Police and aviation officials are on a collision course over plans to deploy a fleet of unmanned surveillance aircraft above stadiums during the 2010 soccer World Cup.

The radio-controlled, unmanned aerial vehicles (UAVs) are slightly bigger than model aircraft, fitted with camera equipment that enables security officials to monitor events on the ground.

Police spokesman Director Sally De Beer confirmed police are “definitely going to acquire” several UAVs, although the exact model had still to be decided.

“As I understand it we would be getting the smaller ones that would be flying at lower altitudes. We are hoping to acquire them by the end of 2009 ,” said De Beer.

However, the South African Civil Aviation Authority (SACAA) this week said UAV’s were technically illegal. A formal request from the police to discuss the matter had yet to be received, said spokesman Phindiwe Gwebu.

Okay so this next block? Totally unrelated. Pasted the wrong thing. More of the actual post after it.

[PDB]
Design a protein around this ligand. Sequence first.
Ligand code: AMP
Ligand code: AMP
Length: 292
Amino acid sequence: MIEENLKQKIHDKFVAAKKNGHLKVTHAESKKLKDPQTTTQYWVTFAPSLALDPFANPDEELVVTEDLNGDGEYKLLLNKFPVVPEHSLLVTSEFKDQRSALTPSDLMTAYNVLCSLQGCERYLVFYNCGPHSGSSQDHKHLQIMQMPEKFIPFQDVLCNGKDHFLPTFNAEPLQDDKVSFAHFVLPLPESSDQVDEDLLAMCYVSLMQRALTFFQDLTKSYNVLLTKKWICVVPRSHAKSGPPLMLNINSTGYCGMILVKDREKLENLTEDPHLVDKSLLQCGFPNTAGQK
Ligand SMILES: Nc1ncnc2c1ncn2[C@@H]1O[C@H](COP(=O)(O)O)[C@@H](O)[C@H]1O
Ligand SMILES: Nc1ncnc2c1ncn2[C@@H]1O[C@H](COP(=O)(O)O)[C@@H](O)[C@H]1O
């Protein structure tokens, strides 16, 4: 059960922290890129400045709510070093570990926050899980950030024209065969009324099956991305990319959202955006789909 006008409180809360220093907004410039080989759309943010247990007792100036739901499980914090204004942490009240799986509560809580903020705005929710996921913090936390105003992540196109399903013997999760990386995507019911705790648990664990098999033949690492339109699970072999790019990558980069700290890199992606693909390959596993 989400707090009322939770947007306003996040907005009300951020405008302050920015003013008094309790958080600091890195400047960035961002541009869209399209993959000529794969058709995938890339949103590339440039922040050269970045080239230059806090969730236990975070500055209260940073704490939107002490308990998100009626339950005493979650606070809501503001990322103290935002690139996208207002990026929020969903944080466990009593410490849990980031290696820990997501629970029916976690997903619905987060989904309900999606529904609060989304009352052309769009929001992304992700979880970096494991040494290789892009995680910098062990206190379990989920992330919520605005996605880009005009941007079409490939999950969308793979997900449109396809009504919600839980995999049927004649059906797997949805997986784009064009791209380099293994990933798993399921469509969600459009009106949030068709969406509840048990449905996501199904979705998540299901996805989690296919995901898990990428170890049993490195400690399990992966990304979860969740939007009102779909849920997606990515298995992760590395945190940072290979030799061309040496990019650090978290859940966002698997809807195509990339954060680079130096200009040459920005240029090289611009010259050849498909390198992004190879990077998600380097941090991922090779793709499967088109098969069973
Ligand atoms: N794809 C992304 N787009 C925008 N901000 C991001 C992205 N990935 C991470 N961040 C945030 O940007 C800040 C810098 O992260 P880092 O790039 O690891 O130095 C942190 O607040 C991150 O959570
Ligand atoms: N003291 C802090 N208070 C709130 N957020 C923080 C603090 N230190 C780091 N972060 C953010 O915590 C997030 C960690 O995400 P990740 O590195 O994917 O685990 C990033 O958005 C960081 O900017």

“The SACAA is concerned regarding the operation of UAVs as these aircraft do not conform to civil airworthiness requirements,” Gwebu said.

The safety concerns relate mainly to the possibility of collisions with other aircraft or UAVs dropping out of the sky. “Whereas a manned helicopter/ small aircraft can ‘see and avoid’ other air traffic, the (UAVs) can not and they will need to ‘sense and avoid’ other aircraft. This technology has not been developed yet,” Gwebu said.

The planned purchase of police UAVs is part of a R650-million procurement drive to help officials with crowd management and crime prevention. There are also plans to invest in water cannons, mobile command centres and bullet-proof vests.

Defence analyst Leon Engelbrecht said UAVs have been used in South African airspace — by the military during the 1994 elections. The military were exempt from normal aviation regulations, he added.

He said the latest UAVs vary in size from American surveillance aircraft with a wingspan the size of a Boeing 737 to tiny, insect-size models.

PUBLICATION: The Times
AUTHOR: Bobby Jordan
DATED: 2nd May 2009